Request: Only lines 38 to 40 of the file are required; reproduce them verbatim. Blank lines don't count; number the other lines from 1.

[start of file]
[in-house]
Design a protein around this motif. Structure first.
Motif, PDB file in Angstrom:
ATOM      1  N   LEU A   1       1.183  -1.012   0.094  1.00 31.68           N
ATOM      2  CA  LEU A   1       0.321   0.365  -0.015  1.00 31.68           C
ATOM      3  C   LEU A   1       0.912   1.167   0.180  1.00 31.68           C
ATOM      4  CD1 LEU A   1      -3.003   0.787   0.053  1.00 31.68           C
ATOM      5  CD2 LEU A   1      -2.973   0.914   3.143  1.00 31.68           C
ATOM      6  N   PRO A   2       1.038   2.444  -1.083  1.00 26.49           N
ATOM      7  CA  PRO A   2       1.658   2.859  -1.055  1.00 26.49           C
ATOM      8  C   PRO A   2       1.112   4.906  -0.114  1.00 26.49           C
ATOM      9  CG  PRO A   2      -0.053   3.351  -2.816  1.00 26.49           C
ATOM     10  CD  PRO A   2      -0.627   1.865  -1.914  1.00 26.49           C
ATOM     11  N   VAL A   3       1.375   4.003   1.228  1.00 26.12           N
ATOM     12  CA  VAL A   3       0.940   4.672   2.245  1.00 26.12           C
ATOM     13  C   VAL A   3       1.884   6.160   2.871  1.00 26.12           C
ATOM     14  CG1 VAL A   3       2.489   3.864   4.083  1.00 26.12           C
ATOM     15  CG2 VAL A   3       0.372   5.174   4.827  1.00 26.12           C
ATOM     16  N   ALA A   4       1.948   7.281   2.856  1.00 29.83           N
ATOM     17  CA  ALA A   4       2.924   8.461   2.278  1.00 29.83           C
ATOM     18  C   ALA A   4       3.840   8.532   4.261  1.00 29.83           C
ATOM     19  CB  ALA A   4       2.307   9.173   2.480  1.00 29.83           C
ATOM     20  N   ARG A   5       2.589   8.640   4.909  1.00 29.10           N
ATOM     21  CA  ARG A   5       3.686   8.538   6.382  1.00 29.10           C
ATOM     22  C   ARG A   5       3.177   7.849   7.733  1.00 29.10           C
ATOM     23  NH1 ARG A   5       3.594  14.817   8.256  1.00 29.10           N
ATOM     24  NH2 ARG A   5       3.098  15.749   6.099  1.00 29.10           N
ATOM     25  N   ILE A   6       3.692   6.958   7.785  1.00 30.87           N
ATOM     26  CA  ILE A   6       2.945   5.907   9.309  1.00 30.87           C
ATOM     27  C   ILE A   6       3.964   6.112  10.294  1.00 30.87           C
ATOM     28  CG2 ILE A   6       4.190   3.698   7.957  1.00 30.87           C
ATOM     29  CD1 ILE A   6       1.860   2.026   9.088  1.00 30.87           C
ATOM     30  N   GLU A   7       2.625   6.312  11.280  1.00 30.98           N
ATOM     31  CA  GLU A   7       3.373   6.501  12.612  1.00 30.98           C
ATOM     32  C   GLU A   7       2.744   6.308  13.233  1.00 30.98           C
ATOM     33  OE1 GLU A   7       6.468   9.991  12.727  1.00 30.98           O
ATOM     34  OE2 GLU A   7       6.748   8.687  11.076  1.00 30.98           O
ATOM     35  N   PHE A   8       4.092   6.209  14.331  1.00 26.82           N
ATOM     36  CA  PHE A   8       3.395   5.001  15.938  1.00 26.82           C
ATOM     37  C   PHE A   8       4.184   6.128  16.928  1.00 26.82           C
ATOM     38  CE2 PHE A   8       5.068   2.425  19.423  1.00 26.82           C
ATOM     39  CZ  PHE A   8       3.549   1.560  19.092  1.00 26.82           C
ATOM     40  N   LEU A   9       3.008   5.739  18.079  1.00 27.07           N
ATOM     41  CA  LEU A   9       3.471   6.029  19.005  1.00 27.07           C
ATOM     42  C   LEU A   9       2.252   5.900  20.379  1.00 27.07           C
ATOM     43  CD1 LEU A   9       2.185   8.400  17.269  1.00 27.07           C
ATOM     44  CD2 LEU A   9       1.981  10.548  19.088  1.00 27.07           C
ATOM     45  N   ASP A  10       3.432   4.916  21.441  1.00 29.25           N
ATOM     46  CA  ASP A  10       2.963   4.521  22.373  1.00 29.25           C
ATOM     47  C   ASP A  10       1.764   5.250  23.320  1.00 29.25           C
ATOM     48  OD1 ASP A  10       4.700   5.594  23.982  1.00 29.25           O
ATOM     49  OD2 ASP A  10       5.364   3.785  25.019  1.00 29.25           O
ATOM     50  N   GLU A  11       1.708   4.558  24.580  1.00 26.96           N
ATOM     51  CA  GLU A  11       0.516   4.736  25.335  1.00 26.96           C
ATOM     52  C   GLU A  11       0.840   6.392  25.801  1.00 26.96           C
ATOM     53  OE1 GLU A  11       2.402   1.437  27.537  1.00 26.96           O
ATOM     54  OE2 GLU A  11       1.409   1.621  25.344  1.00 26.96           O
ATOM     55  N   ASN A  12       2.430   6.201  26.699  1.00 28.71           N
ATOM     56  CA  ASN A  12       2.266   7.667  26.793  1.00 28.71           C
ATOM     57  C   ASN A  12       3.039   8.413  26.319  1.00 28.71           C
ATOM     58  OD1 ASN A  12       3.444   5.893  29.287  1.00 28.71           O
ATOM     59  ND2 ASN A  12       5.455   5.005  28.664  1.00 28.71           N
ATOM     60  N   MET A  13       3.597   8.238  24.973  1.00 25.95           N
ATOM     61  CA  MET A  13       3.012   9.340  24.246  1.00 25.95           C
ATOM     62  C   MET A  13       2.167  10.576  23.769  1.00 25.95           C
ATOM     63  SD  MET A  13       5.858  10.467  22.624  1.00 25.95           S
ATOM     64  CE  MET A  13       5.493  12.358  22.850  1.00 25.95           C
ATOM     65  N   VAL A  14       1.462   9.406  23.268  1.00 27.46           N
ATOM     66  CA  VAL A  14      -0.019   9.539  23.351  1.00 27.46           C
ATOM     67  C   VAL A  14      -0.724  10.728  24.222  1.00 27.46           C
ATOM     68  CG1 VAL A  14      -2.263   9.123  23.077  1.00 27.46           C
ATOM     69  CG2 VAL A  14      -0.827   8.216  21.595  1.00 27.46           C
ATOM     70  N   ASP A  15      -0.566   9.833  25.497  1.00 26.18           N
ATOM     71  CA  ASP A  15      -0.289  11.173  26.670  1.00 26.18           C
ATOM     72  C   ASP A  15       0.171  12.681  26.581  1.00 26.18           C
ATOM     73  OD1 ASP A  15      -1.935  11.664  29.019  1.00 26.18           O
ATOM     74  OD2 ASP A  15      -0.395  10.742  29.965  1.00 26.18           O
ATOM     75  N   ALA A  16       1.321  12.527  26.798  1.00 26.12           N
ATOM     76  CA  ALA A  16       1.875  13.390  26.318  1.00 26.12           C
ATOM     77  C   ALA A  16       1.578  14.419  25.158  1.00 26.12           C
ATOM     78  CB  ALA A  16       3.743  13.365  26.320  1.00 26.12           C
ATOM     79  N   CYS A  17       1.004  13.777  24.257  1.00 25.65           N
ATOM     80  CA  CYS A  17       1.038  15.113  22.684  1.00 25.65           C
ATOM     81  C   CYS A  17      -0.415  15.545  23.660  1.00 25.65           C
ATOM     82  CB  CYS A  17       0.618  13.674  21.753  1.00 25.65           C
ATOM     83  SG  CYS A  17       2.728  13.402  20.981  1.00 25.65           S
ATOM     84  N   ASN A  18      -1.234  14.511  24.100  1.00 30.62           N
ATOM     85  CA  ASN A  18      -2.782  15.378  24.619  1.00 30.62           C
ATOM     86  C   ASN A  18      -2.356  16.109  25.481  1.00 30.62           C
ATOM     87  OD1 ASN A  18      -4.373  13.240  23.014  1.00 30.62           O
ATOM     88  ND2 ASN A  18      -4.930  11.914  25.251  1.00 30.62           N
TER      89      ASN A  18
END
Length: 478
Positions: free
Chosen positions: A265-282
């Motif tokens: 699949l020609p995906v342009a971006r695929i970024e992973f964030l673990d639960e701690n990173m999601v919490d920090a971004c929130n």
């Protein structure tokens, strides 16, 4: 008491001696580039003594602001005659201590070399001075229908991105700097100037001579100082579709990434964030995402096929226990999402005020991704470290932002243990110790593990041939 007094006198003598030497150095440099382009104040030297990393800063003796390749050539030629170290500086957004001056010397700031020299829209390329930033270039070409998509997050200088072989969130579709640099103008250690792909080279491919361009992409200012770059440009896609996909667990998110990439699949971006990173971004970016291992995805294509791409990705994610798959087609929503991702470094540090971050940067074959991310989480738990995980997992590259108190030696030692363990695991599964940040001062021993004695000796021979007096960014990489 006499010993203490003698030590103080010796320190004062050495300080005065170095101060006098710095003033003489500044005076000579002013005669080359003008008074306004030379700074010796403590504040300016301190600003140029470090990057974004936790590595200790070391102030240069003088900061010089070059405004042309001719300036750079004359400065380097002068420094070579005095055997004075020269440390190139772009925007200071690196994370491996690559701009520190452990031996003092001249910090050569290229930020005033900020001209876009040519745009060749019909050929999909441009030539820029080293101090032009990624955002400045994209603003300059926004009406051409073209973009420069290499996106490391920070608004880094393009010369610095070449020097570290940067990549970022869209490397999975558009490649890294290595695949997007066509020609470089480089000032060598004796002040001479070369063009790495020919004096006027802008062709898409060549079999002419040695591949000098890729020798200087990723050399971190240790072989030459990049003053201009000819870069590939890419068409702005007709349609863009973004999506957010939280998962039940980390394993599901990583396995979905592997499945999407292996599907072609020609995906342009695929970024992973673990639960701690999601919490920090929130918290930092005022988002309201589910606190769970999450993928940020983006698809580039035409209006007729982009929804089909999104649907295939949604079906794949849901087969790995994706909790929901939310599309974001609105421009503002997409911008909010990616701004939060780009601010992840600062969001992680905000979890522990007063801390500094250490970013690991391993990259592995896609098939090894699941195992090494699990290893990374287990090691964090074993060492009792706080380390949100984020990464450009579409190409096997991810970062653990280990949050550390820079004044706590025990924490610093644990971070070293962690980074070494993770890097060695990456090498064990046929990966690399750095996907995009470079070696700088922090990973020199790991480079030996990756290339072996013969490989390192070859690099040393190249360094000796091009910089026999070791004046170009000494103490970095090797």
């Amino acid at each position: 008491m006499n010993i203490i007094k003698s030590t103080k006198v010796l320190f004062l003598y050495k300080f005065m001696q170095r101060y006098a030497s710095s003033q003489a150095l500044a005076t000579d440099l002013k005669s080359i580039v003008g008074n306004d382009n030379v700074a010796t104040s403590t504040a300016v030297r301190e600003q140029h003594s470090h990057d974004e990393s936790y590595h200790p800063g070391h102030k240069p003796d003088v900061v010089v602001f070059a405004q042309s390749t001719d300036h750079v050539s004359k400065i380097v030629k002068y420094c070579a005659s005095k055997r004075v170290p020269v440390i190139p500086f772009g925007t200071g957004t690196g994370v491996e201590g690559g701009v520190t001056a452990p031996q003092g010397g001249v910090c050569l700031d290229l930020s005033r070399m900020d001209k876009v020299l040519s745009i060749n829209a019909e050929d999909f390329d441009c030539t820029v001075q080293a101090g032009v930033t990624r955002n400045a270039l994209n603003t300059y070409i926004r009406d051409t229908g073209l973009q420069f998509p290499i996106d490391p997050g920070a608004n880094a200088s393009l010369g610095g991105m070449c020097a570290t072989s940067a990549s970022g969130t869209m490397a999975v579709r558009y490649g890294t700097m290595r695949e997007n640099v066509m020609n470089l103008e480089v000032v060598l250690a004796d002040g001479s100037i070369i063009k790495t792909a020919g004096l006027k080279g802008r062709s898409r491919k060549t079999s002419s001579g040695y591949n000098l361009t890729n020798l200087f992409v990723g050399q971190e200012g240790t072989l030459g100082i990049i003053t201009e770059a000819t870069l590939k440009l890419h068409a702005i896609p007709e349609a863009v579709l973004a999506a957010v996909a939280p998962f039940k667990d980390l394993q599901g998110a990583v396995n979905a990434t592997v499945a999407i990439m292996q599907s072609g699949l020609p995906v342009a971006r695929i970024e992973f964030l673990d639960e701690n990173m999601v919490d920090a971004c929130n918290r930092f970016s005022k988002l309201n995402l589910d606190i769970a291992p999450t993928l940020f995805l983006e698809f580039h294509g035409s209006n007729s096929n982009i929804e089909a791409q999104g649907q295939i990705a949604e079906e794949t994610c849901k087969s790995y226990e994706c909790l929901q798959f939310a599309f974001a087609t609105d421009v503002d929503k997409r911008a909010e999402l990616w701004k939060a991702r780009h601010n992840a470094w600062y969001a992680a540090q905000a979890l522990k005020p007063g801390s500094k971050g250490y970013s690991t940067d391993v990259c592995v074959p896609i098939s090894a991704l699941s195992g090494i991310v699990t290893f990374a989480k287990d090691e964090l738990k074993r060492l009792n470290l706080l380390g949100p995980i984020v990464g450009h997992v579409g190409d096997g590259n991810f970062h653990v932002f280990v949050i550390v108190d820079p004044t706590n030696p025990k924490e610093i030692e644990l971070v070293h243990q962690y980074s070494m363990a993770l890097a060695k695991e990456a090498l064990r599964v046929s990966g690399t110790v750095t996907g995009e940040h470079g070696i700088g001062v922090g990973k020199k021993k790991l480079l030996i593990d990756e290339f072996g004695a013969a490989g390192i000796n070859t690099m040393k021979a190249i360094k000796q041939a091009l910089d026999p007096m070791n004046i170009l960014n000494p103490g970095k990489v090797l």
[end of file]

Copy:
ATOM     35  N   PHE A   8       4.092   6.209  14.331  1.00 26.82           N
ATOM     36  CA  PHE A   8       3.395   5.001  15.938  1.00 26.82           C
ATOM     37  C   PHE A   8       4.184   6.128  16.928  1.00 26.82           C